May 24, 2016

2015 Beers Criteria Nitrofurantoin Recommendation

Arkansas Geriatric Education Collaborative

Brooklyn Pruett, PharmD and Lisa C. Hutchison, PharmD, MPH

Nitrofurantoin (Macrobid®) is a broad-spectrum antibiotic with gram-positive and gram-negative activity commonly used for treatment and prevention of urinary tract infections (UTIs).1 Nitrofurantoin is excreted into the urine by the kidneys where it achieves therapeutic concentrations. Once in the urine, nitrofurantoin inhibits bacterial protein synthesis, aerobic energy metabolism, DNA synthesis, RNA synthesis, and cell wall synthesis. Adverse effects of nitrofurantoin include pulmonary toxicity, hepatic dysfunction, peripheral neuropathy, hemolytic anemia, and Clostridium difficile-associated diarrhea.

Previously, nitrofurantoin was on the American Geriatrics Society (AGS) Beers Criteria of medications potentially inappropriate for use in older adults. The guideline recommended to avoid nitrofurantoin in geriatric patients with a creatinine clearance less than 60mL/min due to lack of efficacy.2 The recommendation also stated to avoid use for long-term suppression of UTI because of the potential for pulmonary toxicity, hepatotoxicity, and peripheral neuropathy. However, in the 2015 AGS Beers Criteria the threshold for creatinine clearance concern was decreased to 30mL/min for nitrofurantoin because of questions about the old evidence regarding nitrofurantoin excretion and new, albeit low quality, evidence for effectiveness.3

Two studies support use of nitrofurantoin in older women for treatment of UTI. The most recent study was a retrospective cohort study that compared use of nitrofurantoin and trimethoprim in women with renal impairment and a UTI.4 Inclusion criteria were women greater than 18 years of age who received a prescription for nitrofurantoin or trimethoprim for a treatment of a UTI which was defined as (1) no antibacterial treatment six-months prior to receiving either treatment, (2) at least a one- year medication history prior to the antimicrobial starting date, and (3) a six-month follow up medication history after starting the antimicrobial therapy. Exclusion criteria included patients with antibacterial use less than three days or greater than ten days. The primary outcome was treatment failure defined as starting a second antibiotic for treatment of a UTI within one month. The secondary outcome was hospitalization due to adverse effects.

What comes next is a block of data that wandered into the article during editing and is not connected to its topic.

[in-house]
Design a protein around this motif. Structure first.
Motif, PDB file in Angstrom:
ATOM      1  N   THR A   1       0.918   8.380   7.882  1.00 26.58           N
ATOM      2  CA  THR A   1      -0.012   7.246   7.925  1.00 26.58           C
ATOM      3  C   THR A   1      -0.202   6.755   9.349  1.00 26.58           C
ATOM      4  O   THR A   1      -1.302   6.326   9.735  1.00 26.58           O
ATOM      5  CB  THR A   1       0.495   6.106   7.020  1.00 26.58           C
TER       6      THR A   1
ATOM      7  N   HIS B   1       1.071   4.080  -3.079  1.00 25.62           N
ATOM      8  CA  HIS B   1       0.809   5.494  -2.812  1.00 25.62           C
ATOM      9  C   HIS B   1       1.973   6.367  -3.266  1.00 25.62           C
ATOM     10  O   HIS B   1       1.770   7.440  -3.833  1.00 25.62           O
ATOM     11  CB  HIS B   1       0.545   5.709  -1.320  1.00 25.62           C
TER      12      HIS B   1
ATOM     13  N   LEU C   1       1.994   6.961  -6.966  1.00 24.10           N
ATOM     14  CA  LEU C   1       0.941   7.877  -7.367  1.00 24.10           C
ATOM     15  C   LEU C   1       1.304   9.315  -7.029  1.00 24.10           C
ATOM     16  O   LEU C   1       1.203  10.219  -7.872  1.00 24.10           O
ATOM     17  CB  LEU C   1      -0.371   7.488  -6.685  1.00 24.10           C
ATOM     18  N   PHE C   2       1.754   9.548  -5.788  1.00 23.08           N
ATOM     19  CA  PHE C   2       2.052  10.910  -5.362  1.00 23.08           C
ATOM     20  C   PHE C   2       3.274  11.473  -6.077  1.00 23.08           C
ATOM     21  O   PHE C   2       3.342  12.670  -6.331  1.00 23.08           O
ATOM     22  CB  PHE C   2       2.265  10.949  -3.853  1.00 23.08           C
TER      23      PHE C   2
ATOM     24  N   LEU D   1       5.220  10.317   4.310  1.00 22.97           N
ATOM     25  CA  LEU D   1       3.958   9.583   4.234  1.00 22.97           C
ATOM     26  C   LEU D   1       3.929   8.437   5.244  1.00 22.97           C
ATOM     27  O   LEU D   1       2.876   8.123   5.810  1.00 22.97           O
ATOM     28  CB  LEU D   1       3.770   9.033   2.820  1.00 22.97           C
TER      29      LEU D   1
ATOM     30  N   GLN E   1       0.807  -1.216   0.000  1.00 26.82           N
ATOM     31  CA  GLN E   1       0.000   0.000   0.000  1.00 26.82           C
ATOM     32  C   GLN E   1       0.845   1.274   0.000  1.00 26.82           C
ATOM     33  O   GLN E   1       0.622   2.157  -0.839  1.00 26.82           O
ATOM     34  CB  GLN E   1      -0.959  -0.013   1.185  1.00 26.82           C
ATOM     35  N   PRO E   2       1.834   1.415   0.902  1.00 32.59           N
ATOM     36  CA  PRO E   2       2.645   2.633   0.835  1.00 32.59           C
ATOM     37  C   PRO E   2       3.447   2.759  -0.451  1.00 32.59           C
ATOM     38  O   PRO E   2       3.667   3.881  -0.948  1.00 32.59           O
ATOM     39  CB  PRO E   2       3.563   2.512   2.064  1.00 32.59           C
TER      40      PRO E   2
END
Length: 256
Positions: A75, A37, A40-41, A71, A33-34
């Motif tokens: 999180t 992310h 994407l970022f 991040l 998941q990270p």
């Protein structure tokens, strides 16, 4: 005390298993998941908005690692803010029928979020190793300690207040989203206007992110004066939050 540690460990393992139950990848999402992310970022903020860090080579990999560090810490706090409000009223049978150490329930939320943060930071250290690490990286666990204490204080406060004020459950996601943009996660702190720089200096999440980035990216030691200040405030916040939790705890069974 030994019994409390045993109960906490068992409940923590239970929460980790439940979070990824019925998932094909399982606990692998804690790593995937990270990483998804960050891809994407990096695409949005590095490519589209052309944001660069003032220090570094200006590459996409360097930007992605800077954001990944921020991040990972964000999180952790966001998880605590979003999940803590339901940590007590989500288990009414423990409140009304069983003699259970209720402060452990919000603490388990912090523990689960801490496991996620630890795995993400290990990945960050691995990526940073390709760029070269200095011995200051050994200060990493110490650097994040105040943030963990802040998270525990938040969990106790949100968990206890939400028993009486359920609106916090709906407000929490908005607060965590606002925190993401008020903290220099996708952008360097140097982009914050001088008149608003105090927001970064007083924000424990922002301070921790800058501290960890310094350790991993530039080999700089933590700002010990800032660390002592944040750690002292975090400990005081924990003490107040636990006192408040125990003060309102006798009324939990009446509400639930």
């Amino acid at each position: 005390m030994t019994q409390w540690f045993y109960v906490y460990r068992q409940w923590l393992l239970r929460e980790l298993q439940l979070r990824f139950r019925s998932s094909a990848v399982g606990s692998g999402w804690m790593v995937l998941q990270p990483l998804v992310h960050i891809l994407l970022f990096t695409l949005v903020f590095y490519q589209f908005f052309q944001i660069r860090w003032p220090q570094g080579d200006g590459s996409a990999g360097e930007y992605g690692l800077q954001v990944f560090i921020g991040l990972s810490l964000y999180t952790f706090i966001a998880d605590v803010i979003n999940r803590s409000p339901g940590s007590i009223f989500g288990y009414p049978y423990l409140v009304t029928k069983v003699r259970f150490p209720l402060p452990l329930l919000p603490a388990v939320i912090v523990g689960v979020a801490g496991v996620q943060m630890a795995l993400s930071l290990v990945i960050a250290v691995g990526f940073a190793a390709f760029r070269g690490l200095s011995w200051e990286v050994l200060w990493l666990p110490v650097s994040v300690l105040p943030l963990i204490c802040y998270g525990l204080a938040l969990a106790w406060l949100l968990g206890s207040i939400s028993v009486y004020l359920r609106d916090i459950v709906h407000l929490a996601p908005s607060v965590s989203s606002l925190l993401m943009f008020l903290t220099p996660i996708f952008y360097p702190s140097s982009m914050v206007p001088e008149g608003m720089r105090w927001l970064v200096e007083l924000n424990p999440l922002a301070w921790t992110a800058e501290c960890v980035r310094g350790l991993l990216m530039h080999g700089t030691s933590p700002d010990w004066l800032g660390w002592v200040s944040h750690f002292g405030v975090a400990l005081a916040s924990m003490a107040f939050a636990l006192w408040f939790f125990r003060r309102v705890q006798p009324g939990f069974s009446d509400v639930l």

For nitrofurantoin, the overall incidence for ineffective treatment was 14.4% as compared to 16.6% for trimethoprim. The occurrence of treatment failure increased with decreased renal function, but this was not statistically significant. Adverse events that occurred included pulmonary reactions (painful respiration, pleural effusion), and blood dyscrasias. For nitrofurantoin users the risk of an adverse event was significantly higher in patients with renal impairment, defined as a GFR less than 50 mL/min/1.73m2. These results indicate that nitrofurantoin reaches therapeutic effects in the urine for bactericidal activity at least as effective as trimethoprim. However, results also suggest that adverse events were significant in renal impaired patients.

Based on these findings and reconsideration of the old data, the 2015 AGS Beers Criteria panel of experts changed the recommendation so nitrofurantoin is considered inappropriate for treatment of UTI when the patient has a creatinine clearance less than 30mL/min (instead of 60mL/min). The use of nitrofurantoin for long-term suppression of UTI is still considered potentially inappropriate given the risk for toxicity.

 

References:

1. Macrobid® [package insert]. North Norwich, NY: Norwich Pharmaceuticals, Inc; 2009.
2. Resnick, Barbara, and James T. Pacala. “2012 Beers Criteria.” Journal of the American Geriatrics Society 60.4 (2012): 612-13. The American Geriatrics Society. Web. 15 Jan. 2016. http://www.americangeriatrics.org/files/documents/beers/2012AGSBeersCriteriaCitations.pdf
3. “American Geriatrics Society 2015 Updated Beers Criteria for Potentially
Inappropriate Medication Use in Older Adults.” Journal of the American Geriatrics Society 63.11 (2015): 2227-246. Accessed 15 Jan. 2015. http://onlinelibrary.wiley.com/store/10.1111/jgs.13702/asset/jgs13702.pdf?v=1&t=ijkhj451&s=034b8ee90406aeba02f3ceb2d969e01d3b9c7e7c
4. Geerts, Arjen F. J., et al. “Ineffectiveness and Adverse Events of Nitrofurantoin in  Women with Urinary Tract Infection and Renal Impairment in Primary Care.” European Journal of Clinical Pharmacology Eur J Clin Pharmacol 69.9 (2013):  1701-707. Web.  http://link.springer.com.libproxy.uams.edu/article/10.1007%2Fs00228-013-1520-x